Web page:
Welcome to Getting to Know the CBA. I've been waiting to start this project since January when the NHL Lockout ended and both sides started playing hockey again. Unfortunately, they didn't deign fit to release the damn thing until recently.
As this series goes on, we'll take a look at each article of the CBA and attempt to make sense of it all. As it's a very long legal document, it's written to be about as interesting as a Wild/Devils game. Much of it won't have anything to do with what we as fans experience, but I think it's nevertheless worthwhile to know the document that makes the NHL work, especially as it comes to frequent misunderstandings of some rules.
Today, we'll start at the beginning. The CBA has 50 articles, 39 exhibits, and a handful of letter agreements. Some articles will get more coverage than others. We should be able to get through the first seven articles today without having our eyes roll back into our heads, so here goes.
As with preambles, this defines what the agreement is, when it came into effect, and which parties are involved. You may notice in here that the NHL is defined as a "not-for-profit unincorporated association". There's much more to the definition than this, but the basic division is that the NHL is there to collectively bargain and to help the member clubs make profit. Think of it like a homeowner's association. They want what's best for the neighborhood and, generally, are run by power-hungry jerks.
The Preamble also clarifies that this is the only CBA to go to and that any previous CBA doesn't count.
Article I - Definitions
I'm not going to jump into all 99 definitions here. For the most part, these simply tell us what the common terms are. In the last CBA, definitions would change article-to-article. They might still here, but if there's any confusion, the definition of any term used here is right.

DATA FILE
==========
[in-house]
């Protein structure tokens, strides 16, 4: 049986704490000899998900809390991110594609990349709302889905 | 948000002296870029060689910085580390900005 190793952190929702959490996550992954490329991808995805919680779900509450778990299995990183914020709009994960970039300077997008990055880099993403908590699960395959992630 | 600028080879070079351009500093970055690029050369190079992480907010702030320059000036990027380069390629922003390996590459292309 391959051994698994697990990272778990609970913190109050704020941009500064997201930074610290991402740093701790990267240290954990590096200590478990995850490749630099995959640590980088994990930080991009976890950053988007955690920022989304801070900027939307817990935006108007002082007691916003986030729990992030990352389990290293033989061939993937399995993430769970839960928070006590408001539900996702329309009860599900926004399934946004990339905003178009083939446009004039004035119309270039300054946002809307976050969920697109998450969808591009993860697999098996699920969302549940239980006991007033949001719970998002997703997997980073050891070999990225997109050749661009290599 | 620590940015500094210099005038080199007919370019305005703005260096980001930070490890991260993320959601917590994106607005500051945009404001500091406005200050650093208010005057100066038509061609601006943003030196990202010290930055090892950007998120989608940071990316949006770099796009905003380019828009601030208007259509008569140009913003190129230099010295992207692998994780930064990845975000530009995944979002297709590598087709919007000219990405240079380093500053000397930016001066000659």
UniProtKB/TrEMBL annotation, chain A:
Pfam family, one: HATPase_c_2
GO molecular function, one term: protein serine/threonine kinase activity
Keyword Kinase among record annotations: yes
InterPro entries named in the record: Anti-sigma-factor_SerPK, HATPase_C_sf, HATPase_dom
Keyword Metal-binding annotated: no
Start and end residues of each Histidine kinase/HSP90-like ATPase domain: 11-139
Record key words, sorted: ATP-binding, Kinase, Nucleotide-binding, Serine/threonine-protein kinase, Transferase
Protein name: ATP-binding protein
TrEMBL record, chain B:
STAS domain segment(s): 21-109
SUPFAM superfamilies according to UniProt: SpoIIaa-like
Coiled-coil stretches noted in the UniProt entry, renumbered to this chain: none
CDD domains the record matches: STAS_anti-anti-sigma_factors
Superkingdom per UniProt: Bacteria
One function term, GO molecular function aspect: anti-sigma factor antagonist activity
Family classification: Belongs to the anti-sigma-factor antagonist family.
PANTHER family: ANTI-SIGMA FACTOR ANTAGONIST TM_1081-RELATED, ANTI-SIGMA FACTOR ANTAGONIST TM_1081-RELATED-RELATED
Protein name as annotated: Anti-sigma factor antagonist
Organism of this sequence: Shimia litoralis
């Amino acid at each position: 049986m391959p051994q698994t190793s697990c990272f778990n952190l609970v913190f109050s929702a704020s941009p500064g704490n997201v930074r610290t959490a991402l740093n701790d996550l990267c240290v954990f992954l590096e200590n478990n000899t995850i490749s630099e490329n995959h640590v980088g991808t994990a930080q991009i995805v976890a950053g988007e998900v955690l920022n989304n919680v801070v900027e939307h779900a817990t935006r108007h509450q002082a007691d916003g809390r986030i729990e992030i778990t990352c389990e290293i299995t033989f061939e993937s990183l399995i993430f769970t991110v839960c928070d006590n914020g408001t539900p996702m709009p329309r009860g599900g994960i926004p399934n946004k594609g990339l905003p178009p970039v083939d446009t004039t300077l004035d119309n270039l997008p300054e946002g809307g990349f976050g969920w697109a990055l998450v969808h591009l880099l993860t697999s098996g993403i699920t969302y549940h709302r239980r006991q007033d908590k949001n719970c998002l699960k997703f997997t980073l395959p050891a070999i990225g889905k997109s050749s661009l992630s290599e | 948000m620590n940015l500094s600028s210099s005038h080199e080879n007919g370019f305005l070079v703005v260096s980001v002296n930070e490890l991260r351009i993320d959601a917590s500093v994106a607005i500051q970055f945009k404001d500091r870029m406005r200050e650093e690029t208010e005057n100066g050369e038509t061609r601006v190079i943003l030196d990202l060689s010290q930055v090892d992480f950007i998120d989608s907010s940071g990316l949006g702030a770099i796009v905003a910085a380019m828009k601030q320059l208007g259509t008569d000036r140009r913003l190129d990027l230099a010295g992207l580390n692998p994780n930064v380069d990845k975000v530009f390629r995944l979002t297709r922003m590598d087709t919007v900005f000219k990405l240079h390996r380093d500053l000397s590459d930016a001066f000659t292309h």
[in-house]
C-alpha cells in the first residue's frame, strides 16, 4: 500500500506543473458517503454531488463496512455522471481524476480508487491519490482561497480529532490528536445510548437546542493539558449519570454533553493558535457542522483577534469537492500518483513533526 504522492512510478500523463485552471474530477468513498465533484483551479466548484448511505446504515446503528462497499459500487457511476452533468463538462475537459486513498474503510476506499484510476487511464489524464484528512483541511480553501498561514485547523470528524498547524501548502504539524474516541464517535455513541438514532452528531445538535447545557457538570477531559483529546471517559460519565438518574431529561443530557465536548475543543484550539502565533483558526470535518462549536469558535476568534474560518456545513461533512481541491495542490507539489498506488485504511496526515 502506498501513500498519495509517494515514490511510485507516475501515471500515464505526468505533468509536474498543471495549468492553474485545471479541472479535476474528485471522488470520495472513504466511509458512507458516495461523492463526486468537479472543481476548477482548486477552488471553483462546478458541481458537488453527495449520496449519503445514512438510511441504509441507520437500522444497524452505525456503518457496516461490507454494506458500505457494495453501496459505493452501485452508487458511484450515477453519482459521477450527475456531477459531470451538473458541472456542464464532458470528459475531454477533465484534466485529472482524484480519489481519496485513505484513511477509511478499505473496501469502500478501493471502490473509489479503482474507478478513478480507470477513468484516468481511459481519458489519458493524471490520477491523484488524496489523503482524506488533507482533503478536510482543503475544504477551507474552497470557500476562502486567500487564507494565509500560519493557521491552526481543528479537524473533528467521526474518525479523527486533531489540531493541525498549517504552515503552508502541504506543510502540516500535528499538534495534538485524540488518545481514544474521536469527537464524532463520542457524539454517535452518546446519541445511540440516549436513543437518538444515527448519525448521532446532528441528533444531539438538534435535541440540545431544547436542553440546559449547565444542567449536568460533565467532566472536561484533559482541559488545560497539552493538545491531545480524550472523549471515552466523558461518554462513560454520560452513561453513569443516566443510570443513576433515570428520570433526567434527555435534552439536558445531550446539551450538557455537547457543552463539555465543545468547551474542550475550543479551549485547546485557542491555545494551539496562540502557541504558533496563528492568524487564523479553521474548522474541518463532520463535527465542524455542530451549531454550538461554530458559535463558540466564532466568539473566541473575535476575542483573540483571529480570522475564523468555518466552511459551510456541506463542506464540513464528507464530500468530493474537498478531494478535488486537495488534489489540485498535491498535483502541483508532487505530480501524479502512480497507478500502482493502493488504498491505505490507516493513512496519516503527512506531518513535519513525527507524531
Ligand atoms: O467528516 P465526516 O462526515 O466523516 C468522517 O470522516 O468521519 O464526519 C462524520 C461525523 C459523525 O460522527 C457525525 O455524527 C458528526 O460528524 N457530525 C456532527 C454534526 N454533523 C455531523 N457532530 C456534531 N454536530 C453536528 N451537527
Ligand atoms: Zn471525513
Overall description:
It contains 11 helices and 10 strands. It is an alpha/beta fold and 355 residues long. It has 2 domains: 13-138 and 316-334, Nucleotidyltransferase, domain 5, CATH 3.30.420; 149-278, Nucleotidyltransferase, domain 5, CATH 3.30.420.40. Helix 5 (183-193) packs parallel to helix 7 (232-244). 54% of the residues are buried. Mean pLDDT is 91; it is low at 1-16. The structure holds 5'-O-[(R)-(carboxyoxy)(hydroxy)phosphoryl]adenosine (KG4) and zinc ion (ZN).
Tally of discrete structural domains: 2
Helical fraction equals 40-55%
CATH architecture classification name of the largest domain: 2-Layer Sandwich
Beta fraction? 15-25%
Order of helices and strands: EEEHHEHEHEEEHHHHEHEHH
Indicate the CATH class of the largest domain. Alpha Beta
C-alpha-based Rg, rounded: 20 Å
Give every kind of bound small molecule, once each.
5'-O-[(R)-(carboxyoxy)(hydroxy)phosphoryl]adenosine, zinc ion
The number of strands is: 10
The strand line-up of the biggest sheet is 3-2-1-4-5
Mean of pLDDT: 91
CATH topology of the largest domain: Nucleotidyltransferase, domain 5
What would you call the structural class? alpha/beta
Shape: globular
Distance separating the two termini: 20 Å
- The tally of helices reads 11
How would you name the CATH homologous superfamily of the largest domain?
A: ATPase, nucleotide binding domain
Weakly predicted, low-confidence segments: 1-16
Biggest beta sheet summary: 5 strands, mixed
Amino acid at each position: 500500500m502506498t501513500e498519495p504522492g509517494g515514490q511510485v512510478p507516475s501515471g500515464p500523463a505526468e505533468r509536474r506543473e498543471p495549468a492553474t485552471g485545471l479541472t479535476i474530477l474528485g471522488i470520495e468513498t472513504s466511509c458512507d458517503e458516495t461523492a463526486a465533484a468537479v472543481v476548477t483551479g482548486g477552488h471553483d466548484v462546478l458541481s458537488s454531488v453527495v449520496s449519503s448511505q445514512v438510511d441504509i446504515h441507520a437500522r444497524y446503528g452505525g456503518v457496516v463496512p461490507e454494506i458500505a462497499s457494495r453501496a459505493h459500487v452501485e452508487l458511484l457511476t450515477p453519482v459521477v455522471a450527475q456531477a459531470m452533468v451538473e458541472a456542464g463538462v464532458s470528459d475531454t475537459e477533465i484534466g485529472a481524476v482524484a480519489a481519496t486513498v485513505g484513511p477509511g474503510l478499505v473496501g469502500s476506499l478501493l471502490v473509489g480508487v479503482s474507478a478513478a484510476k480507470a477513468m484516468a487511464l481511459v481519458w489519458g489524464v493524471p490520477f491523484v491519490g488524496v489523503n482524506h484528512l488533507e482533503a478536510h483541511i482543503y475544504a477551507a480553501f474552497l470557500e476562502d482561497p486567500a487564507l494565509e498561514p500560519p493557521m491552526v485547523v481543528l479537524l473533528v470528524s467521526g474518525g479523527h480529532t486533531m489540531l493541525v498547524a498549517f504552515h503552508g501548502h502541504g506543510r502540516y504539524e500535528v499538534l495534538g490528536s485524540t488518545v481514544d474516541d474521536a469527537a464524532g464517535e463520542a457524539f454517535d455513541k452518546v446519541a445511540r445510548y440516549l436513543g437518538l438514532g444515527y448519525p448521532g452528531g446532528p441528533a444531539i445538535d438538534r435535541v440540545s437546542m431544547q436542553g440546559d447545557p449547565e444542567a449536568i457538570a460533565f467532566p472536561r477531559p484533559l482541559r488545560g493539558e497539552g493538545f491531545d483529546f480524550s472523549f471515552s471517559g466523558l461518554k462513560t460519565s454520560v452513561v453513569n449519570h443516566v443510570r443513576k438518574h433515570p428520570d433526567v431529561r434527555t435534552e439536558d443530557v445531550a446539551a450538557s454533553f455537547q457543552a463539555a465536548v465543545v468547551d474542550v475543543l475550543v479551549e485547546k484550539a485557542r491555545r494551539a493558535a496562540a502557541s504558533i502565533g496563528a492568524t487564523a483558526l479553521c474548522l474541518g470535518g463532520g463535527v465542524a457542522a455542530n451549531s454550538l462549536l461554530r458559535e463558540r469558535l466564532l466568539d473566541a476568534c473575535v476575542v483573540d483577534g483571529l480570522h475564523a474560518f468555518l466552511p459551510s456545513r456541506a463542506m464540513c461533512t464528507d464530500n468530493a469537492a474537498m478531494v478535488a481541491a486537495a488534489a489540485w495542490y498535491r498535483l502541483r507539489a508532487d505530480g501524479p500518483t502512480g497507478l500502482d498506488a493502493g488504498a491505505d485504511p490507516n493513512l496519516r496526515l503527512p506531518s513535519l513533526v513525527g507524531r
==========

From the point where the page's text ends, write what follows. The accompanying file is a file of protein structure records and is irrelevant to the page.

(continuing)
The vast majority of these terms basically say "see [article which deals with this concept] for the definition." We'll be coming back here a lot, but I'll try using definitions in their context for later entries so we don't have to keep jumping to the glossary to understand things later.
Article II - Recognition
The NHL recognizes the NHLPA and ONLY the NHLPA as having the right to bargain on topics on things which don't fit specifically into the CBA. Other than that, players can bargain for individual salaries and the like, as long as everything they agree on fits within the CBA's constraint.
Also, the Clubs have to give the NHLPA access to hold meetings at facilities during preseason and regular season (but not the playoffs, apparently). The GM has to clear it and can say no if it interferes with club functions, but can't say no without a good reason. The Clubs also have to grant reasonable access to their facilities for things like conditioning and training.
Article III - Duration of Agreement
The CBA retroactively goes into effect as of September 16, 2012 (the day after the previous CBA expired). This kind of "un-does" the lockout as far as things like threatened decertification and lawsuits filed are concerned.
The CBA technically expires on September 15, 2022, but will stay in effect until one side or the other says they're done with it. This is how the last CBA worked too. It had expired, but kept going year-by-year until the NHL gave the NHLPA notice that they were going to terminate it. Both sides have to give notice of termination at least 120 days prior to September 15 of any year 2022 or later for this to happen.
There's also an "Early Termination" clause that says either side can terminate the CBA effective September 15, 2020, but they have to give more notice. If the NHL chooses not to terminate the CBA by September 1st 2019, the NHLPA can do so no later than September 15. This gives both sides a full year to prepare for the next negotiation.